While we still like the pound (and especially what the Bank of England's Mark Carney is doing) we simply do not see as much relative upside left versus new ideas we added yesterday with Legg Mason (LM) and Hologic (HOLX). 


We continue to believe that the health of a nation’s economy is reflected in its currency. The Pound has benefited from the UK’s fiscal discipline to embrace austerity before its regional peers during the global recession – a policy decision that is paying off through accelerating growth above its European peers. 


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Cartoon of the Day: Social Media 'Pixie Dust'

Takeaway: Imagine that – if there were only one bubble, tulip, or social media stock left in the world – what on earth would we pay for it?

Cartoon of the Day: Social Media 'Pixie Dust' - josie


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Bubble Up: SP500 Levels, Refreshed

Takeaway: The all-time-bubble-high of 1878 SPX is in play and if/when we tag that, the SP500 can then mean revert lower 35 handles.



I’ve seen a lot in trying to trade markets for the last 16 years, but I haven’t yet seen something like this. For 3 months I feel like we’ve been watching the entire construct of consensus bang its head against the #OldWall, debating whether the US stock market is going to be -2/+2% YTD.


So let’s bubble this sucker right back up to the all-time-high into quarter-end and get on with it. From a #behavioral perspective, what we know is that consensus hedge funds will get net long up there (after tightening exposure on every selloff). Don’t be consensus.


Across our core risk management durations, here are the levels that matter to me most:


  1. Immediate-term TRADE overbought = 1881
  2. Immediate-term TRADE support = 1844
  3. Intermediate-term TREND support = 1815


In other words, the all-time-bubble-high of 1878 SPX (on a closing basis) is in play and if/when we tag that, the SP500 can then mean revert (lower) for another 35 handles once consensus is leaning too long (again).


De-stress and keep moving out there. Fading Beta within a risk range is a good business.




Keith R. McCullough
Chief Executive Officer



Bubble Up: SP500 Levels, Refreshed - Slide2

RH: Duration Review Into The Print

Takeaway: There will be puts & takes on the 4Q print. But the multi-year catalyst calendar starts in April. Beware getting beared-up over 1Q guidance.

Conclusion: They’ll be puts and takes on the 4Q print. But the multi-year catalyst calendar starts in April. Beware getting beared-up over 1Q guidance. We stand by our positioning on RH that we presented in our last update conference call/deck in early February. Specifically, we laid out how we’re thinking about the name across multiple durations. See the links below to both the slide deck and audio presentation. Our general view by duration is as follows.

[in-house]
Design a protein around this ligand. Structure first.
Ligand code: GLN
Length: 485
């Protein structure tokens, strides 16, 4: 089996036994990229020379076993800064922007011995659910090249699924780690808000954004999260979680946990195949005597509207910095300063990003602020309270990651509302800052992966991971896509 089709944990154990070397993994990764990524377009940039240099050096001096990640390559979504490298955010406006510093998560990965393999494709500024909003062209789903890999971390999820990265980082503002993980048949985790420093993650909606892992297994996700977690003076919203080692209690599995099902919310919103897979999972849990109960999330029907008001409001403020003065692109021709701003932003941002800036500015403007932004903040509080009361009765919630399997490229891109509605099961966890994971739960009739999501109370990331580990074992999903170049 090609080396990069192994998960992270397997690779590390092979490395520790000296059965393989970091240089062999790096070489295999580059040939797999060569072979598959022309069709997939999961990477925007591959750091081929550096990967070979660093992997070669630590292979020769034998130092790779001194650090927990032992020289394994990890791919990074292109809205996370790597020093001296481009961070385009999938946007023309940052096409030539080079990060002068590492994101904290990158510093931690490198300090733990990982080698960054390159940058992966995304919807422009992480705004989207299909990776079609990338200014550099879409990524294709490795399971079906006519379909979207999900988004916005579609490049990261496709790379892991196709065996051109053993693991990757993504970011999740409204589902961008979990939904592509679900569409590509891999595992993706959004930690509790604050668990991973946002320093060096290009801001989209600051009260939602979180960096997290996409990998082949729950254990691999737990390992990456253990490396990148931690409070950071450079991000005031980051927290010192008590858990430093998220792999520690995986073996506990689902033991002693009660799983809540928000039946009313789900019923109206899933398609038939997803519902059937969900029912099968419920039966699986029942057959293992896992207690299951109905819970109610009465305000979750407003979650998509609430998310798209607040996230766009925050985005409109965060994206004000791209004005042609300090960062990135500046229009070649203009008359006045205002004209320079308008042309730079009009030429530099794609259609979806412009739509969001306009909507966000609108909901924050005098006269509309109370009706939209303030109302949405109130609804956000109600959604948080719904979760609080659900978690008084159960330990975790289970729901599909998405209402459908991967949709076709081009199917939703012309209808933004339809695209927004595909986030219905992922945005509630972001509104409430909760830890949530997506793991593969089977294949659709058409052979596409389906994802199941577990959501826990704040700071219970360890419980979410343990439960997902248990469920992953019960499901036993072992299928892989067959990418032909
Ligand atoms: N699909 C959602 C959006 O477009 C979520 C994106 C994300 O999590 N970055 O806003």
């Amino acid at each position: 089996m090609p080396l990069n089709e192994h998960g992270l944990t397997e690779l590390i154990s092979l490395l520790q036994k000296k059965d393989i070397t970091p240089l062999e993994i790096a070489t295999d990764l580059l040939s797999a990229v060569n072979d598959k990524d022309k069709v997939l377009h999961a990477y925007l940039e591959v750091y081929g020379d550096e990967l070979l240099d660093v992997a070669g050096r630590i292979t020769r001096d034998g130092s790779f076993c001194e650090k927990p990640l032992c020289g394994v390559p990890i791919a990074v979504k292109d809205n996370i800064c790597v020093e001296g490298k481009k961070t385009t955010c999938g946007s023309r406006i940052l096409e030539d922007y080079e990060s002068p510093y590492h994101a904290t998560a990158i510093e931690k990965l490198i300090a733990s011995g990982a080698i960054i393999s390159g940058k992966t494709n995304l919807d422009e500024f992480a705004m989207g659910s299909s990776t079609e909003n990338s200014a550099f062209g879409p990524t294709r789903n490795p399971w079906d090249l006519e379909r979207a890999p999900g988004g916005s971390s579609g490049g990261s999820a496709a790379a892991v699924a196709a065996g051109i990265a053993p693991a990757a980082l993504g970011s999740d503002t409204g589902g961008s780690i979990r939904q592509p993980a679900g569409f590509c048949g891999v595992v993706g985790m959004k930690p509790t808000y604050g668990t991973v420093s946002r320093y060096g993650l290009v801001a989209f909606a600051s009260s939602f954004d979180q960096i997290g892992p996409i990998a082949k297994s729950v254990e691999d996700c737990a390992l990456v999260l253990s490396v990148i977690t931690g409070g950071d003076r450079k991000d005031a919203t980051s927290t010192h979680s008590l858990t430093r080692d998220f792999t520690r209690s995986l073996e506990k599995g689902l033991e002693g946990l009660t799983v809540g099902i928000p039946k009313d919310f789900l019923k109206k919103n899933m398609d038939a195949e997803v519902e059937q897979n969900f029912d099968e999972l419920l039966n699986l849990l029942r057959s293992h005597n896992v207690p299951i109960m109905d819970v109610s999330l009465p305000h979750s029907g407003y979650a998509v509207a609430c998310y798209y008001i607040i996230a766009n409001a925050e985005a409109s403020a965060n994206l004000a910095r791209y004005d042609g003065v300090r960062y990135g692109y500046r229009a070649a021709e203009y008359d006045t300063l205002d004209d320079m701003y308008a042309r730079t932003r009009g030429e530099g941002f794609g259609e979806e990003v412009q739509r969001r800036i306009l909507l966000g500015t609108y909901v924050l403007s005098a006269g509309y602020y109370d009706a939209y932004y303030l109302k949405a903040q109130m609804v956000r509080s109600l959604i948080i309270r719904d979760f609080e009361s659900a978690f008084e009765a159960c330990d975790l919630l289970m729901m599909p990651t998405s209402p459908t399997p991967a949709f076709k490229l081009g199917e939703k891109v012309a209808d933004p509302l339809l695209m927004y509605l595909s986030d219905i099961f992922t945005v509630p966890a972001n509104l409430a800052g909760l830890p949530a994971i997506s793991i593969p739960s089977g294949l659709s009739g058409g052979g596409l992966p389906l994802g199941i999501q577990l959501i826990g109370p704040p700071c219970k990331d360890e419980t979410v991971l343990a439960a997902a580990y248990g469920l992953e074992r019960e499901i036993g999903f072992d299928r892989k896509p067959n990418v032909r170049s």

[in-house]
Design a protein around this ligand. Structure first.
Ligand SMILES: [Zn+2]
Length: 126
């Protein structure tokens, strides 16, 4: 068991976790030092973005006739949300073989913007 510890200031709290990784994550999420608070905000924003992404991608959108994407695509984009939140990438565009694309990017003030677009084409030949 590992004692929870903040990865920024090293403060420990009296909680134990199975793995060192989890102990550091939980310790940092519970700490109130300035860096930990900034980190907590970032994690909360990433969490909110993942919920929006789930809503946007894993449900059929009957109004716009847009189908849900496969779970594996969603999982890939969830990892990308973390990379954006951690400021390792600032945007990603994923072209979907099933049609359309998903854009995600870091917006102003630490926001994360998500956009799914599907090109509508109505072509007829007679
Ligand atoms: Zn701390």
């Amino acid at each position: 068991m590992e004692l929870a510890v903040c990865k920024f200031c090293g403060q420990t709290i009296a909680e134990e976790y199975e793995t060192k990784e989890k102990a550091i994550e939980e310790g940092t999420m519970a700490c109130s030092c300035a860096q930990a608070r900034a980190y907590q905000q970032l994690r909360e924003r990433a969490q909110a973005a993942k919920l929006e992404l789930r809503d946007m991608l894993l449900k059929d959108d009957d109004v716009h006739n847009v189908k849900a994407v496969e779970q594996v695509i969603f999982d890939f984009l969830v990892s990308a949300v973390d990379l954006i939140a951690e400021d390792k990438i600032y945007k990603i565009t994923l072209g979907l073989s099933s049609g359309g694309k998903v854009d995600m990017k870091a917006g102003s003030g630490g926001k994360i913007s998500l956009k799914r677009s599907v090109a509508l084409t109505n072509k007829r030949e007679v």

TAIL Duration (long-term): One of the most powerful growth algorithms in all of Consumer. The company should earn around $1.70 this year, and we think that over 5-years that number approaches $11. Common perception is that RH is building a bunch of palaces and hoping that people will show up to shop. We think about it the other way around…they are creating assortments of product across multiple categories in the home space, and are subsequently taking a massive piece of a category where they only have 2-3% share. Yes, bigger stores are a part of this, which is critical to support the kind of product extensions we’ll see from RH. Currently, the Legacy 9,000 sq ft stores only house 20% of the SKUs and run at about $750/sq ft. The 25,000 Design Galleries highlight closer to 50% of the product, and they average an ‘per foot productivity’ rate that is 2x the existing core. People often ask us about why RH has the right to expand into new categories of Home. People asked that same question about Ralph Lauren in the 1980s when he expanded beyond neckties and polo shirts. Our full modeling assumptions are in the Deck (link below), but the key is to measure the success by product and design creation and sourcing, not by simply building stores.